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The logo of State Bank of India is pictured next to its headquarters in Mumbai, India, March 14, 2016.Reuters file

India's largest lender State Bank of India (SBI) has cut its workforce in the first quarter of fiscal year 2018 by 6,622 people, driven by natural attrition such as retirements and the voluntary retirement scheme, also raising concerns as active digitisation in the banking sector will slow down hiring of the workforce.

The lender has seen a staff reduction to 2.73 lakh from 2.80 lakh at the start of the quarter. SBI, will however, redeploy more than 10,000 employees, following the merger of its six associate banks and digitisation, The Times of India reported. 

"Manpower will go down with the period of time. Around 10 per cent reduction in two years may be a possibility," SBI Managing Director Rajnish Kumar told news agency Indo-Asian News Service (IANS) in an interview.

The bank witnessed 7,247 workers retiring and 3,569 employees of the earlier associate banks were offered a voluntary retirement scheme in the first quarter of the current fiscal. SBI, also paid Rs 473 crore ex gratia under this scheme that will result in salary savings of Rs 400 crore annually.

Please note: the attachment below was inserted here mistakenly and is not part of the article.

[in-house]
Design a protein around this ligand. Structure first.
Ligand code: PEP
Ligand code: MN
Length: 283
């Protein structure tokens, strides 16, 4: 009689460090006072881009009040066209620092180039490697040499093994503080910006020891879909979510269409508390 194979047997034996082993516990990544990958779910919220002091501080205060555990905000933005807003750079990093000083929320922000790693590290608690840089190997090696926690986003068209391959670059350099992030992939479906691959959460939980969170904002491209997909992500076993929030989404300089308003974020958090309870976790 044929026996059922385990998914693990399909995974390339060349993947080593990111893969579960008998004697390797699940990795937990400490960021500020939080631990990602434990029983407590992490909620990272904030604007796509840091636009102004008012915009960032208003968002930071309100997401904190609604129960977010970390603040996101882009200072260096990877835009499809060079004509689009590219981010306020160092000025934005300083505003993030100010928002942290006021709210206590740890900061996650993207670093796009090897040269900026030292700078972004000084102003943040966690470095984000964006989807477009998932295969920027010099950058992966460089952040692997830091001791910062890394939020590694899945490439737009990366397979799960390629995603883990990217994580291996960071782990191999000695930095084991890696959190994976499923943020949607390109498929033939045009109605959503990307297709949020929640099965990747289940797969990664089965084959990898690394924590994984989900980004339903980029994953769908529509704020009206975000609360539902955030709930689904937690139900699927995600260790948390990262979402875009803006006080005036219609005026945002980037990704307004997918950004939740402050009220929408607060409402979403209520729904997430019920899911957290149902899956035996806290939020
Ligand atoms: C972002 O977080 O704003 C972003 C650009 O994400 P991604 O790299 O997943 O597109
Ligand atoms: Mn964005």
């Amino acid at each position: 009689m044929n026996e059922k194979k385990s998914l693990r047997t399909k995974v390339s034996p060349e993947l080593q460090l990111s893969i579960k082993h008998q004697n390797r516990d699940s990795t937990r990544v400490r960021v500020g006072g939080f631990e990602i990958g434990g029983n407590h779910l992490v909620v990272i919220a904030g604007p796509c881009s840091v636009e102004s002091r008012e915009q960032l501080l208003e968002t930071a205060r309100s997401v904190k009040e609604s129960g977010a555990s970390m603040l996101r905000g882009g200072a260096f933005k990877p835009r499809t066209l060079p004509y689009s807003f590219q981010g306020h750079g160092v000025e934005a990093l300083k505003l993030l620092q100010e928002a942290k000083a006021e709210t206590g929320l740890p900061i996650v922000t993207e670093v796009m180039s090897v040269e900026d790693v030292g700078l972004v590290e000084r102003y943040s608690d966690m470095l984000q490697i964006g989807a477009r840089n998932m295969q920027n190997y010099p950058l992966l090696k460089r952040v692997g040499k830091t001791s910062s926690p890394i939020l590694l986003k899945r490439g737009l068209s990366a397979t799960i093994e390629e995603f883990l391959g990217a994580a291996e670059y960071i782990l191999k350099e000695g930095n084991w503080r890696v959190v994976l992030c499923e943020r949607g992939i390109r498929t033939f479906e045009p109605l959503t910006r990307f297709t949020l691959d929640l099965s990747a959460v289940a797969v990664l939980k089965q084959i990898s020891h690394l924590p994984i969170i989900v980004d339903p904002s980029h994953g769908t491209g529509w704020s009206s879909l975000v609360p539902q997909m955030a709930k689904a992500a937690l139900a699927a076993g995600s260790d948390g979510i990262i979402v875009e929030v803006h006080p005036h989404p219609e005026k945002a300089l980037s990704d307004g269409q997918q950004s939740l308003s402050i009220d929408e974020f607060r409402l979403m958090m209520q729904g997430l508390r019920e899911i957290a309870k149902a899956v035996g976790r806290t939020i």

About 30 percent of the staff of rationalised branches will be redeployed in sales functions. The bank has already started a new employee appraisal system where sales performers will receive their incentives too.

The biggest lender has merged 594 branches till August 6 and rationalised 122 administrative offices which is expected to result in savings of over Rs 1,160 crore annually.

More automation, more unemployment

After bulky job cuts in the IT and farming sector, automation has penetrated the banking sector too. Surging digitisation can result in the loss of about 7.1 million jobs by 2020, because of automation globally, according to a World Economic Forum report.

Although layoffs, in public sector banks such as the State Bank of India are not an option, but they are planning to reduce the number of people they hire each year as their focus now shifts to the digital channels.

"Hiring in SBI may not be halted, but will reduce by 50 per cent in a year," Kumar added. 

That also suggests that they will now hunt for employees with high-end digital skills, and people who are not exposed to digitisation yet will be losing out in the employment race. The bank is already hiring specialists for the digital space and marketing, though not in large numbers.

Giant private sector banks like HDFC, for the second quarter in a row, has seen a plunge in staff headcount by more than 6,000 to 84,325, again owing to increased automation in the March quarter. The trend is expected to continue.